New Delhi: More and more small and marginal rural households are now earning their livelihoods as wage labourers than from farming, latest data shows.
According to a report titled Situation Assessment of Agricultural Households and Land and Livestock Holdings of Households in Rural India, 2019, released by the Ministry of Statistics and Programme Implementation last month, most small and marginal agricultural households now depend on wage work.
The report states that on average, about 49.7 per cent of such households’ income comes from farming (crop cultivation plus animal husbandry). A closer look at the statistics, however, reveals that the small and marginal agricultural households possessing less than 1 hectare of land have essentially become wage earners.
Data shows that agricultural households possessing less than 0.01 hectare of land had a monthly income of Rs 11,777, of which only Rs 3,744 (or 32 per cent) came from farming and 55 per cent came from wages. Similarly, households with 0.01 to 0.4 hectares of land earned 26 per cent of their livelihood from farming. Those with 0.41 to 1 hectare of land earned only 44 per cent of their monthly incomes from farming.
Wages, according to the report, are remuneration paid to rural households employed in both regular salaried and casual labour work, both in agricultural (farming) and non-agricultural activities. The report only takes into account work for which wages were paid. As such, more than half of the households possessing less than 0.4 hectares of land were essentially wage-earners.
The data also shows that as the land-holding goes up, the dependency on farming also increases. This is visible from the fact that agricultural households that possessed more than two hectares of land earned about 80 per cent of their income from farming on average.
According to the report, the share of poor and marginal farmers to the total has also expanded.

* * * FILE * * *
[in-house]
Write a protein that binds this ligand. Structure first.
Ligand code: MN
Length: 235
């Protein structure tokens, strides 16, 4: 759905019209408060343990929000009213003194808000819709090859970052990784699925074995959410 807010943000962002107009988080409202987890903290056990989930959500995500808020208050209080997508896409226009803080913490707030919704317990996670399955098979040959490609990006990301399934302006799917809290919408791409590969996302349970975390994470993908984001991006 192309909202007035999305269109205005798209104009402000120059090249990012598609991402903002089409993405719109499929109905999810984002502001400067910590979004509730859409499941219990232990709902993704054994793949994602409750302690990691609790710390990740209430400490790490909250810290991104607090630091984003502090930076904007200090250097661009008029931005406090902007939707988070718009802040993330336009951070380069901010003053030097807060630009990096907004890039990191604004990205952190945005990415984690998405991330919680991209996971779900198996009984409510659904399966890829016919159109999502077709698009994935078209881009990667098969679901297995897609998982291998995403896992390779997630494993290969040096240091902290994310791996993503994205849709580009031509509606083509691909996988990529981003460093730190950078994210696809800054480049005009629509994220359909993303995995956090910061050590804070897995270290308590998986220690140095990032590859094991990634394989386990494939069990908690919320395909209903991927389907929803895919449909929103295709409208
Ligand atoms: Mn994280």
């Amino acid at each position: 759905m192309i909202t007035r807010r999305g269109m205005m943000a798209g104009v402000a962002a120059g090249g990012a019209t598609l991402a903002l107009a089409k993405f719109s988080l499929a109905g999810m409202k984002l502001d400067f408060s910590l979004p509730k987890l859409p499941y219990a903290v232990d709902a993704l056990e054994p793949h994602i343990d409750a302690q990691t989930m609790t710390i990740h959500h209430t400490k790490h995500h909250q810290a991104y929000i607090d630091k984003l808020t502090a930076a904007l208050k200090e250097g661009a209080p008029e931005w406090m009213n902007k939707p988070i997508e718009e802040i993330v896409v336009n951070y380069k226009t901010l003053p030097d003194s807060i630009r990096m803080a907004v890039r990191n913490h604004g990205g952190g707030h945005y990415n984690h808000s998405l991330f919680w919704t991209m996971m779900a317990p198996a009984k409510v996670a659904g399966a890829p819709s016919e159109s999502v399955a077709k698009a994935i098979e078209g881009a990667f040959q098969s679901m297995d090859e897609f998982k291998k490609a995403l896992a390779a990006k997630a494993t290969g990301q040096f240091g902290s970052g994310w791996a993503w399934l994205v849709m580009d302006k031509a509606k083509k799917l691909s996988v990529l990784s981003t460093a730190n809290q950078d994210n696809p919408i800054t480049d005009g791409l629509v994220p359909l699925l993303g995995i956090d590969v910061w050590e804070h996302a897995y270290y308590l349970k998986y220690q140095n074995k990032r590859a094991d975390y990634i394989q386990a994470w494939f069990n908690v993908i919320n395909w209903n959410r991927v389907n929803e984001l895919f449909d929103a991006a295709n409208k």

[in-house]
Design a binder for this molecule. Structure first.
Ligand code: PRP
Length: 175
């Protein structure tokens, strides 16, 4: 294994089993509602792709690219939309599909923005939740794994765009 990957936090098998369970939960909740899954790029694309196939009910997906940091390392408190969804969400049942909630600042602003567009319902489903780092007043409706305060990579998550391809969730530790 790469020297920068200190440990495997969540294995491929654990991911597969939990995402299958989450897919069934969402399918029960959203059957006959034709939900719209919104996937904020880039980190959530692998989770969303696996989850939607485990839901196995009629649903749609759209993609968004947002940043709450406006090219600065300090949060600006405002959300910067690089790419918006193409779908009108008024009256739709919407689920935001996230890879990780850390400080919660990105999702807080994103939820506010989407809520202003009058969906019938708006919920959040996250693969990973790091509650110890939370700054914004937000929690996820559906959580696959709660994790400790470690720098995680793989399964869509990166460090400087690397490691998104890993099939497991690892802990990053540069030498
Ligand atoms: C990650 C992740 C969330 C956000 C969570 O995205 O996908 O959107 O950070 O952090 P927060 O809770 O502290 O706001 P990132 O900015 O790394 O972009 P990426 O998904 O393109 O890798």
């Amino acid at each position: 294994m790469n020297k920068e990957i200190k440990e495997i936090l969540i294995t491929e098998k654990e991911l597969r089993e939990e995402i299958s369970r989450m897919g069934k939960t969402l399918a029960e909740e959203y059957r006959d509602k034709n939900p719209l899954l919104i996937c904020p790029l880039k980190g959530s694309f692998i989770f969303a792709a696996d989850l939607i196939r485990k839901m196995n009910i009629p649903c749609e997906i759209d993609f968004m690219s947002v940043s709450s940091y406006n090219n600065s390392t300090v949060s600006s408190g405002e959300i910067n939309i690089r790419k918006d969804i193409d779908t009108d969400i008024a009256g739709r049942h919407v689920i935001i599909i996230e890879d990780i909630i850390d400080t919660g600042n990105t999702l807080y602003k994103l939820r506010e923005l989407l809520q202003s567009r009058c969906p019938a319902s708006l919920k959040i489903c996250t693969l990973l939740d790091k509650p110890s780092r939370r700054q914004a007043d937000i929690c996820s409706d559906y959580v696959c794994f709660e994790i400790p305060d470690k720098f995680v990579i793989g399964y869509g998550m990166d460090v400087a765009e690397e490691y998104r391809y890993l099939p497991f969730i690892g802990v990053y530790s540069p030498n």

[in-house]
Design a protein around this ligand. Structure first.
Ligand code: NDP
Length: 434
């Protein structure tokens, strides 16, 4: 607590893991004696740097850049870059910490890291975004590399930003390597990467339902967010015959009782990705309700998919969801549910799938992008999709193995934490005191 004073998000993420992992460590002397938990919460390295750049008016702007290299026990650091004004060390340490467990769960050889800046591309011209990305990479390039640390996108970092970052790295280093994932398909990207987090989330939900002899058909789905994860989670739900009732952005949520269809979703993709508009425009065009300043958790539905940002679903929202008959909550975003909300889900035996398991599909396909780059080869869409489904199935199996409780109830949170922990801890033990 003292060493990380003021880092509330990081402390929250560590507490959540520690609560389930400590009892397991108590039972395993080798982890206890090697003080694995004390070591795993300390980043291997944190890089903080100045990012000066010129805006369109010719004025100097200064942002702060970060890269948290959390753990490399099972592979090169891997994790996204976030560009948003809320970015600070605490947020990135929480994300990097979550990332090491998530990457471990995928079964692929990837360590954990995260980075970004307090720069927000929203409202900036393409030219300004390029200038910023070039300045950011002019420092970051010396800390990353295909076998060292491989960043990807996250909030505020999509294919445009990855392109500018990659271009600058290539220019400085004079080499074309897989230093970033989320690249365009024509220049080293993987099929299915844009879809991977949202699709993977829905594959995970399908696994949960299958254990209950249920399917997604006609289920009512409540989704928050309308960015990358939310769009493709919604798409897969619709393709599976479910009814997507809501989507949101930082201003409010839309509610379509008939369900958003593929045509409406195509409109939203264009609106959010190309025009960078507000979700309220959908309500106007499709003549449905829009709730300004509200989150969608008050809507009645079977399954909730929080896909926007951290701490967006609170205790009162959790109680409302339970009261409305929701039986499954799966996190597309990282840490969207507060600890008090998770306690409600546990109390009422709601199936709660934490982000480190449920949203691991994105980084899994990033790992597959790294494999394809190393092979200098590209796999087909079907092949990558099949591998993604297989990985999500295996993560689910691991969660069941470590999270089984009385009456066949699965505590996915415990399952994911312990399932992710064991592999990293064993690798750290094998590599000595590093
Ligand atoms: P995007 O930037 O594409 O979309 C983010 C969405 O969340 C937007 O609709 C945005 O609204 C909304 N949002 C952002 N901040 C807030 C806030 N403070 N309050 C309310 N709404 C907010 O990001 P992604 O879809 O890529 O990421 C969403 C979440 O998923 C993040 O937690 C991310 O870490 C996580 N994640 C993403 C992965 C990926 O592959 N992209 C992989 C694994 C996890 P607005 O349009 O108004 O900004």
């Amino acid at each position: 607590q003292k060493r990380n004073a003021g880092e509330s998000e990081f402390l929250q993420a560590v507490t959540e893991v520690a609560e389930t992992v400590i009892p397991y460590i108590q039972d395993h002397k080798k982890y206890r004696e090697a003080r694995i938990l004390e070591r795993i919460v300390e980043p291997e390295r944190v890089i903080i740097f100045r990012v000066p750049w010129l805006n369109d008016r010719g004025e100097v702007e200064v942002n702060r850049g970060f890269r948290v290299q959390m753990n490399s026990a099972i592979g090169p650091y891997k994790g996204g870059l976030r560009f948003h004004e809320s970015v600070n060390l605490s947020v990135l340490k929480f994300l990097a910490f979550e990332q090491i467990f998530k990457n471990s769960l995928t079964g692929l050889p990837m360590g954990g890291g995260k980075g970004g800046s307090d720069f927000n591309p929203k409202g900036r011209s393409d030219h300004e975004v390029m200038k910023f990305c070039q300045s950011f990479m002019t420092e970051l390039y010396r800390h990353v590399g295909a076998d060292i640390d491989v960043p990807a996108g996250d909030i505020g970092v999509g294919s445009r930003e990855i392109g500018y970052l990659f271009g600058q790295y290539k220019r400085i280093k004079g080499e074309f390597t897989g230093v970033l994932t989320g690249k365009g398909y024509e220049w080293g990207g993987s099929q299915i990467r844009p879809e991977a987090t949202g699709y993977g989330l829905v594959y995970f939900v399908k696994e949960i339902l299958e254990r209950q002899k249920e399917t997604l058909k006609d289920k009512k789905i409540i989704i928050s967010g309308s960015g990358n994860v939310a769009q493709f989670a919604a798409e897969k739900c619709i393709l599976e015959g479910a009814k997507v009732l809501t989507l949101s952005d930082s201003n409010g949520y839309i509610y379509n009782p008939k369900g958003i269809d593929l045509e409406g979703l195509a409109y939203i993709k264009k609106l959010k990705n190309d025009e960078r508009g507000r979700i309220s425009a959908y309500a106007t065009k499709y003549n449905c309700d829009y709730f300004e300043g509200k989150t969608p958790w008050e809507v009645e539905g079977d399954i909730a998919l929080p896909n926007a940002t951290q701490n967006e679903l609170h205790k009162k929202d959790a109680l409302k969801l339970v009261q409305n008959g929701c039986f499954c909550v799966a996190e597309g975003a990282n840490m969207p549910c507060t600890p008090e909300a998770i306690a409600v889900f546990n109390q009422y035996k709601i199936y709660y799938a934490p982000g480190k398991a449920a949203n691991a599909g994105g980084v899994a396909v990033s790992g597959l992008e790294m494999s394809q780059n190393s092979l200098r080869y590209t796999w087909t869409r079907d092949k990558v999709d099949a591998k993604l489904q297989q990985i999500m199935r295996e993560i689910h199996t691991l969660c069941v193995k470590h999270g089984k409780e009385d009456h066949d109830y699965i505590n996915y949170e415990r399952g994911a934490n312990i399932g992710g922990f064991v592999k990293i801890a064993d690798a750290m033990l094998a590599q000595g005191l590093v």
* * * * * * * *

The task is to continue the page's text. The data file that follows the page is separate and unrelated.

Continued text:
In the 2002-03 round of the survey, about 69.6 per cent of the agricultural households possessed less than 1 hectare of land, which increased to 76.5 per cent by 2018-19. These marginal farmers now own about 34.5 per cent of the land as opposed to 23 per cent in 2002-03.
The share of medium farmers (4 to 10 hectares of land) has come down from 3 per cent to 1.4 per cent and the share of large farmers, who have more than 10 hectares of land, has come down from 0.5 per cent to 0.1 per cent at the same time.
Clubbed together, large and medium farmers owned about a third of the distributed land two decades ago. In 2018-19, their share didn’t reach even 20 per cent.
How policy should change
As the latest data has shown, farmers with small landholdings have to look for avenues outside farming, and their share has expanded.
This should ring alarm bell for the policy makers, experts say.
According to Samridhi Agarwal, research associate at the Delhi-based think-tank, Centre for Policy Research, “the government should prioritise policy reforms that help the earning farmers who are largely dependent on farming for income so that their operations don’t become unviable and they, too, do not end exiting agriculture or becoming wage labourers”.
Speaking to ThePrint, Agarwal said the issue of why so many small and marginal farmers are turning into wage labourers requires a deeper look into the issues of farming, which she said are quite structural and reflect deep problems that are interrelated and complex and vary state to state. Hence, she said, policy conclusions cannot be made with one single solution and we need a better and more sustainable combination of strategies.
“We have to understand that 70 per cent of the farming population doesn’t necessarily need to be farmers. There should be mechanisms through which this 70 percent can be enabled to diversify away from agriculture,” Agarwal said. “They can earn livelihoods through activities linked to agriculture, but not necessarily within the farms. At present, the policy focus is majorly on those who own the land.”
In a note co-authored with Harish Damodaran and Mekhala Krishnamurthy, Agarwal has called for the need for reforms in agriculture that not only benefit the owners of the land, but also those who are adding value through non-farming activities such as livestock farming, grading, transporting etc.
“Agriculture policy should aim at not only increasing farm incomes, but also adding value to produce outside and closer to the farms,” the authors’ note reads. “Finally, these will necessarily have to be state-specific, and within them, region and location-specific strategies that locate rural households at the centre of a larger vision for agricultural and economic development.”
(Edited by Arun Prashanth)